Friday, February 8, 2013


Quentin Tarantino’s favorite, Kill Bill’s Lucy Liu, came aboard as Madam Blossom. In Universal Pictures ‘The Man With Iron Fists’ owner of the local brothel and de facto queen of Jungle Village.  Liu explains her interest in joining the venture: “For some time, Bobby and I have been in each other’s lives without intersecting.  He wrote Oren Ishii’s theme song for Kill Bill.  But when he sent me Iron Fists and I read it, I saw how connected it was to so many of my favorite old Chinese movies.  Bobby formulated his own ideas and compiled them into this completely entertaining amalgam, which I thought was fantastic.  This was a gigantic project for him to take on, and I’m thoroughly impressed and proud of him.”
Photo courtesy of UIP.

The actress found her director a welcome partner in fleshing out one of the film’s leads.  In earlier drafts of the script, Madam Blossom is killed by one of Jungle Village’s street urchins.  Liu requested that her key fight scene be much more elevated and therefore more fun for the audience as well.  She recalls: “As Bobby and I spoke more about the role, I said, ‘If I’m going to participate in this and we’re going to make it what I think this movie’s going to be, then we need to have her fight...and I’m talking a full-on fight.  If she’s running this brothel and managing these women, then we should emphasize Madam Blossom’s strength, especially against the backdrop of all these men from different animal clans.  He was really open and excited about it, and when I got to the set in China, the fight director choreographed this elaborate fight sequence with Cung Le to help feature her power.”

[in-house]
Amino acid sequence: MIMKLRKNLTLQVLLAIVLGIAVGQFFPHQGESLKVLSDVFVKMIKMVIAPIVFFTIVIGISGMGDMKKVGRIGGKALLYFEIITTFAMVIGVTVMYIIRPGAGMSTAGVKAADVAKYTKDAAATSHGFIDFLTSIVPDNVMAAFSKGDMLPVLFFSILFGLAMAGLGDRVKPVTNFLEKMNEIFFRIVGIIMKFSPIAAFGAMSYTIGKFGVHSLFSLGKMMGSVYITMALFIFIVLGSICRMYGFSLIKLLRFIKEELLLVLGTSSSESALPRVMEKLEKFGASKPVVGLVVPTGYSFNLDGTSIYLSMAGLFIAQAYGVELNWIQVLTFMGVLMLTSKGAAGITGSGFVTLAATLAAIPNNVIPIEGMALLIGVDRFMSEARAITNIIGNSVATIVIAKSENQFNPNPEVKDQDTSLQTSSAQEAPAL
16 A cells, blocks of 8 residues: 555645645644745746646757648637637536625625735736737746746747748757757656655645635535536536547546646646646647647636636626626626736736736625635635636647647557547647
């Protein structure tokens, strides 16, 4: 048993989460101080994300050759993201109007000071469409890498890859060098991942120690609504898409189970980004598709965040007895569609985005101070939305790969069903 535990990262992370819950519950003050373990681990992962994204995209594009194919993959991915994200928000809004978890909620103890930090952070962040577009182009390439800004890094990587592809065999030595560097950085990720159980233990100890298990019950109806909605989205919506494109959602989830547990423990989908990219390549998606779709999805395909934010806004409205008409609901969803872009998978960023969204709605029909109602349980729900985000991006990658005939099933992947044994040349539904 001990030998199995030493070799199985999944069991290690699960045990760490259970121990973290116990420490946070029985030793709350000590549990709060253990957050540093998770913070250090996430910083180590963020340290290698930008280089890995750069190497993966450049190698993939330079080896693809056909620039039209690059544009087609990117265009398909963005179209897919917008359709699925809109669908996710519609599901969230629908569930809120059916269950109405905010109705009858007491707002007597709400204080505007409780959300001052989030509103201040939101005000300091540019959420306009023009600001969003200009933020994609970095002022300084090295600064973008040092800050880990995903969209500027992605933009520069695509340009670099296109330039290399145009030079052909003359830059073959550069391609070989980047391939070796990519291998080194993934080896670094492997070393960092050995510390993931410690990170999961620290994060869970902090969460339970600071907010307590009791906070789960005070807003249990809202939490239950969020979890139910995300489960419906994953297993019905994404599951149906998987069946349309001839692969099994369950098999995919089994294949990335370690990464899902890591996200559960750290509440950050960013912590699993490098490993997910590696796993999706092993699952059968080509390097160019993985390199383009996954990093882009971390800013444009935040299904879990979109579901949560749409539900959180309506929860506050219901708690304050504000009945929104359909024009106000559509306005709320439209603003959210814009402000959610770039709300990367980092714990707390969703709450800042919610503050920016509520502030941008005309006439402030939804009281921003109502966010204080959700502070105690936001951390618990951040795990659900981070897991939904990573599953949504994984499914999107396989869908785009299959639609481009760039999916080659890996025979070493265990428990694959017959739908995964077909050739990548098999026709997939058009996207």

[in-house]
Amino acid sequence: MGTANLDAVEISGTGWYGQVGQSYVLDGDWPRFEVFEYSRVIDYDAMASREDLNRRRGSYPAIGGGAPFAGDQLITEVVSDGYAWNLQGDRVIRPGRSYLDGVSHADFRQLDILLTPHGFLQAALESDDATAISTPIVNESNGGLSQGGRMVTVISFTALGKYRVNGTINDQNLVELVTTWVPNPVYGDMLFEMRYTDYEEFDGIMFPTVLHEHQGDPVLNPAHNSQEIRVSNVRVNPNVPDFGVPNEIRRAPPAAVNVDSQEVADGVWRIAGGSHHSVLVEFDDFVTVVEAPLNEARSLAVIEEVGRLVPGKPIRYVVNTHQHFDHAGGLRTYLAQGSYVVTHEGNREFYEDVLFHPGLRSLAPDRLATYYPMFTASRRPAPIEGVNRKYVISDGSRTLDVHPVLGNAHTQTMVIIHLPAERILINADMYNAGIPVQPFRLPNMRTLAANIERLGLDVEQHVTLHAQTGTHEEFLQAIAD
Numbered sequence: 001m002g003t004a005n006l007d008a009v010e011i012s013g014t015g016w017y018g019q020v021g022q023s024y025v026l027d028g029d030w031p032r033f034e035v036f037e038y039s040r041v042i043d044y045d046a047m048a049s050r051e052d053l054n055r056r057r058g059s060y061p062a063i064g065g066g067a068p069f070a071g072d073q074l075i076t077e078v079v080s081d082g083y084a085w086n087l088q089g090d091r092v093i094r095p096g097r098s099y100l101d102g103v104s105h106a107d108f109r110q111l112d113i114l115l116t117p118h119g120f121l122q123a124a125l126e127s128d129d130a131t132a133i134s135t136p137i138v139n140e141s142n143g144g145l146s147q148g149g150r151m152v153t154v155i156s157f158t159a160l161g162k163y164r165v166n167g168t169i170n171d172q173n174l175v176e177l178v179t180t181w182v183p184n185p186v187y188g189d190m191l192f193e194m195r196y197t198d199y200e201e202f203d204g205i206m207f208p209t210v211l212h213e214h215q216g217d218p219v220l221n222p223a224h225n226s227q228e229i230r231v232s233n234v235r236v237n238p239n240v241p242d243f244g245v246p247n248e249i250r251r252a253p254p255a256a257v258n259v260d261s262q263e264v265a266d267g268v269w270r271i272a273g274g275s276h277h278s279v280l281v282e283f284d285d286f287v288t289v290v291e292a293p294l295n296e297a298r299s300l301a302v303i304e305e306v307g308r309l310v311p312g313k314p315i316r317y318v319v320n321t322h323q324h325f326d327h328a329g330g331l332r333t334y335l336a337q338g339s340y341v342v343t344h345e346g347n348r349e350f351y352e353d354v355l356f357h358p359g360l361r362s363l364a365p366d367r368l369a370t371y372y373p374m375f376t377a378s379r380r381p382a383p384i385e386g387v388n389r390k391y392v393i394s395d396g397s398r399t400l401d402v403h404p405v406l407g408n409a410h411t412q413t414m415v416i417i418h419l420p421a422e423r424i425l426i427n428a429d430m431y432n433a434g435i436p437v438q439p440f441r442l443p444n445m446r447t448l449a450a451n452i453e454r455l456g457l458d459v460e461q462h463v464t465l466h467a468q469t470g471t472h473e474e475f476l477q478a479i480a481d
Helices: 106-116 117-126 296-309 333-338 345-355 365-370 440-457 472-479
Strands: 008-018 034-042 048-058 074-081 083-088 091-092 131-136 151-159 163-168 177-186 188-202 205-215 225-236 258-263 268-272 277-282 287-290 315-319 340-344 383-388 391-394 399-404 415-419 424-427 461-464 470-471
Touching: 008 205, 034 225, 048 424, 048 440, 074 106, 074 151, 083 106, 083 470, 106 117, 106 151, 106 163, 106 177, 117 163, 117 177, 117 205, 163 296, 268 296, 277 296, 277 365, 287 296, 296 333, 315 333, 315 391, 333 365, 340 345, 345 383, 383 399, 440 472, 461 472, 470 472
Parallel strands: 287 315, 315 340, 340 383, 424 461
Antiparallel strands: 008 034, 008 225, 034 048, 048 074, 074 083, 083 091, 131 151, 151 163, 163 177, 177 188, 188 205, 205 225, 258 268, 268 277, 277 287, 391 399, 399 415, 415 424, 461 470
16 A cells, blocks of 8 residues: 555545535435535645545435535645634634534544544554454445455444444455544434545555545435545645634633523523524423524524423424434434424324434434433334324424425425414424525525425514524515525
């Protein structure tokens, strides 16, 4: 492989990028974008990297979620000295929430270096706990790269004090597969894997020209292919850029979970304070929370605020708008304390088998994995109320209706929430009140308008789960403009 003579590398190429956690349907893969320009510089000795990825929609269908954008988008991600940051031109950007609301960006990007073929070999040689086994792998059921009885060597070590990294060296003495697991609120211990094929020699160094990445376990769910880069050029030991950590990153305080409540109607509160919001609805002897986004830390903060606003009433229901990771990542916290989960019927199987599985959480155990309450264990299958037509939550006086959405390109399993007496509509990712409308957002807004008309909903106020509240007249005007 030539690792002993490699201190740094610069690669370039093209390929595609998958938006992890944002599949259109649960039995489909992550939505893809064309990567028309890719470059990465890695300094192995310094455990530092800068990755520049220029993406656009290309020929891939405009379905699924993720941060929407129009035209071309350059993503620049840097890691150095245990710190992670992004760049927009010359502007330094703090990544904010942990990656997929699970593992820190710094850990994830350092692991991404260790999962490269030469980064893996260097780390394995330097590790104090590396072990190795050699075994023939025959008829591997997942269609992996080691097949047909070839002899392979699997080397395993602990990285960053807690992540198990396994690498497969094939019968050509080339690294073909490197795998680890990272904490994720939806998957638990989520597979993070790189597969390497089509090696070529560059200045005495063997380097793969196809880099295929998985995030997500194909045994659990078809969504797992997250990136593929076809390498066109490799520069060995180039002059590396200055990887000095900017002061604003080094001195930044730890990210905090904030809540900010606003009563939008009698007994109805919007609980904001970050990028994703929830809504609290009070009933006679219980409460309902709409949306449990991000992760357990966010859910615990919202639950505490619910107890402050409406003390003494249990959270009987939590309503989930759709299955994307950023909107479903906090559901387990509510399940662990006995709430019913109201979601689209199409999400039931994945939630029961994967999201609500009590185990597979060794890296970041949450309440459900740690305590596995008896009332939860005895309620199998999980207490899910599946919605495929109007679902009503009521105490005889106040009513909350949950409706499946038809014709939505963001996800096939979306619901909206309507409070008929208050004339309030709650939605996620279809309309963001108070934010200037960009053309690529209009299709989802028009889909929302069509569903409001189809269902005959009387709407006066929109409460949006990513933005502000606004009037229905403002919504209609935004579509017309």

RZA appreciated the give-and-take with his lead actress.  He says: “When I talked about the character with Lucy, she was adamant about representing the power of female energy.  I told her she could be assured that female energy would be represented in this film.  If you notice, we have the big statue of the Buddha, but then we also have the big statue of the Guan, which is the female representation.  We know that it takes yin and yang to come together, so the Black Widows are that yin and yang energy; they’re not here to play.  They are as pretty and innocent as you want them to be, until it’s time to protect their own.”

What is it like working with Russell Crowe, who plays Jack Knife, in THE MAN WITH THE IRON FISTS?

Russell is really committed to everything he does. Whether it’s a small or big part, fictional or not, he is 100% there. And I think that he really went underwater for this character. He kind of developed the character as he was there and I think the fluidity of the script helped him. He’s somebody that is incredibly fluid.The script allowed him to morph into the character and understand more as he wenton and just got deeper into it.